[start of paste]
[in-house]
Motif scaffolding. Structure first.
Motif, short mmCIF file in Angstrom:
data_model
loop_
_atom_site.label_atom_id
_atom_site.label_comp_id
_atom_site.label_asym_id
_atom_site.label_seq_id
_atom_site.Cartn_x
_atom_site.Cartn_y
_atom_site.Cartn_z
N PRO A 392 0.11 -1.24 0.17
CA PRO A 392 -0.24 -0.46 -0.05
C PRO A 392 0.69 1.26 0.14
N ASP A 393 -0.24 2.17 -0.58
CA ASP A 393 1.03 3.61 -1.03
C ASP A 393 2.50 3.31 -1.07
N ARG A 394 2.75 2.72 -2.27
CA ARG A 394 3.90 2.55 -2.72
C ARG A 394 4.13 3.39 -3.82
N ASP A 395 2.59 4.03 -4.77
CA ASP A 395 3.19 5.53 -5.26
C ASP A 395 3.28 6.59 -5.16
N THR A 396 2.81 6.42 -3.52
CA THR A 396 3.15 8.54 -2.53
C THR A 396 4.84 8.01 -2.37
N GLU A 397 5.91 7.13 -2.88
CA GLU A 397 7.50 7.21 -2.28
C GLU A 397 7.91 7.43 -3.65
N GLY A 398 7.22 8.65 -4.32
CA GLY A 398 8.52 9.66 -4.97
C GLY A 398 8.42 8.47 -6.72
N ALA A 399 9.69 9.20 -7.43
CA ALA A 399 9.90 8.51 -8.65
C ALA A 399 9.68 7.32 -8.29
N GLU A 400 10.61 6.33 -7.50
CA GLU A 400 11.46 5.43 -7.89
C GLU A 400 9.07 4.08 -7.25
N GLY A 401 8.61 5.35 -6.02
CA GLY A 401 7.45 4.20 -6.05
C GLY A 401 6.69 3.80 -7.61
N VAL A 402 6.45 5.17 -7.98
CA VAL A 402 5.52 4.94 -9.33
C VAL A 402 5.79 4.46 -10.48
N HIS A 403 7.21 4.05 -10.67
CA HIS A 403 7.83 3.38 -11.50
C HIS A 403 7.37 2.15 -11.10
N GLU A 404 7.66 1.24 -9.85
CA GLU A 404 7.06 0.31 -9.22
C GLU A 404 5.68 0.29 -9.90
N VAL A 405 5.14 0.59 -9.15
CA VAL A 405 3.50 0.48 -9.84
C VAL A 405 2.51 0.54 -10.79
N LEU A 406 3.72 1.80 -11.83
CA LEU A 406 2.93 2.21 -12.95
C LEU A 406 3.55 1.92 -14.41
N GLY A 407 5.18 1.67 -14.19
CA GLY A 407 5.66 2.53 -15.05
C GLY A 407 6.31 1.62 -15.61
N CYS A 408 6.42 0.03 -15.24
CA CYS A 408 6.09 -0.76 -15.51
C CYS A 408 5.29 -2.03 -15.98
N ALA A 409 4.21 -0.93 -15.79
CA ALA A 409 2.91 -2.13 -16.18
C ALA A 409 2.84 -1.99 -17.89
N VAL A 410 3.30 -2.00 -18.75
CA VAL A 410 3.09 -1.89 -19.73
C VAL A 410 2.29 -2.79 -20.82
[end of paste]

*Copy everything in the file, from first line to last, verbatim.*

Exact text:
[in-house]
Motif scaffolding. Structure first.
Motif, short mmCIF file in Angstrom:
data_model
loop_
_atom_site.label_atom_id
_atom_site.label_comp_id
_atom_site.label_asym_id
_atom_site.label_seq_id
_atom_site.Cartn_x
_atom_site.Cartn_y
_atom_site.Cartn_z
N PRO A 392 0.11 -1.24 0.17
CA PRO A 392 -0.24 -0.46 -0.05
C PRO A 392 0.69 1.26 0.14
N ASP A 393 -0.24 2.17 -0.58
CA ASP A 393 1.03 3.61 -1.03
C ASP A 393 2.50 3.31 -1.07
N ARG A 394 2.75 2.72 -2.27
CA ARG A 394 3.90 2.55 -2.72
C ARG A 394 4.13 3.39 -3.82
N ASP A 395 2.59 4.03 -4.77
CA ASP A 395 3.19 5.53 -5.26
C ASP A 395 3.28 6.59 -5.16
N THR A 396 2.81 6.42 -3.52
CA THR A 396 3.15 8.54 -2.53
C THR A 396 4.84 8.01 -2.37
N GLU A 397 5.91 7.13 -2.88
CA GLU A 397 7.50 7.21 -2.28
C GLU A 397 7.91 7.43 -3.65
N GLY A 398 7.22 8.65 -4.32
CA GLY A 398 8.52 9.66 -4.97
C GLY A 398 8.42 8.47 -6.72
N ALA A 399 9.69 9.20 -7.43
CA ALA A 399 9.90 8.51 -8.65
C ALA A 399 9.68 7.32 -8.29
N GLU A 400 10.61 6.33 -7.50
CA GLU A 400 11.46 5.43 -7.89
C GLU A 400 9.07 4.08 -7.25
N GLY A 401 8.61 5.35 -6.02
CA GLY A 401 7.45 4.20 -6.05
C GLY A 401 6.69 3.80 -7.61
N VAL A 402 6.45 5.17 -7.98
CA VAL A 402 5.52 4.94 -9.33
C VAL A 402 5.79 4.46 -10.48
N HIS A 403 7.21 4.05 -10.67
CA HIS A 403 7.83 3.38 -11.50
C HIS A 403 7.37 2.15 -11.10
N GLU A 404 7.66 1.24 -9.85
CA GLU A 404 7.06 0.31 -9.22
C GLU A 404 5.68 0.29 -9.90
N VAL A 405 5.14 0.59 -9.15
CA VAL A 405 3.50 0.48 -9.84
C VAL A 405 2.51 0.54 -10.79
N LEU A 406 3.72 1.80 -11.83
CA LEU A 406 2.93 2.21 -12.95
C LEU A 406 3.55 1.92 -14.41
N GLY A 407 5.18 1.67 -14.19
CA GLY A 407 5.66 2.53 -15.05
C GLY A 407 6.31 1.62 -15.61
N CYS A 408 6.42 0.03 -15.24
CA CYS A 408 6.09 -0.76 -15.51
C CYS A 408 5.29 -2.03 -15.98
N ALA A 409 4.21 -0.93 -15.79
CA ALA A 409 2.91 -2.13 -16.18
C ALA A 409 2.84 -1.99 -17.89
N VAL A 410 3.30 -2.00 -18.75
CA VAL A 410 3.09 -1.89 -19.73
C VAL A 410 2.29 -2.79 -20.82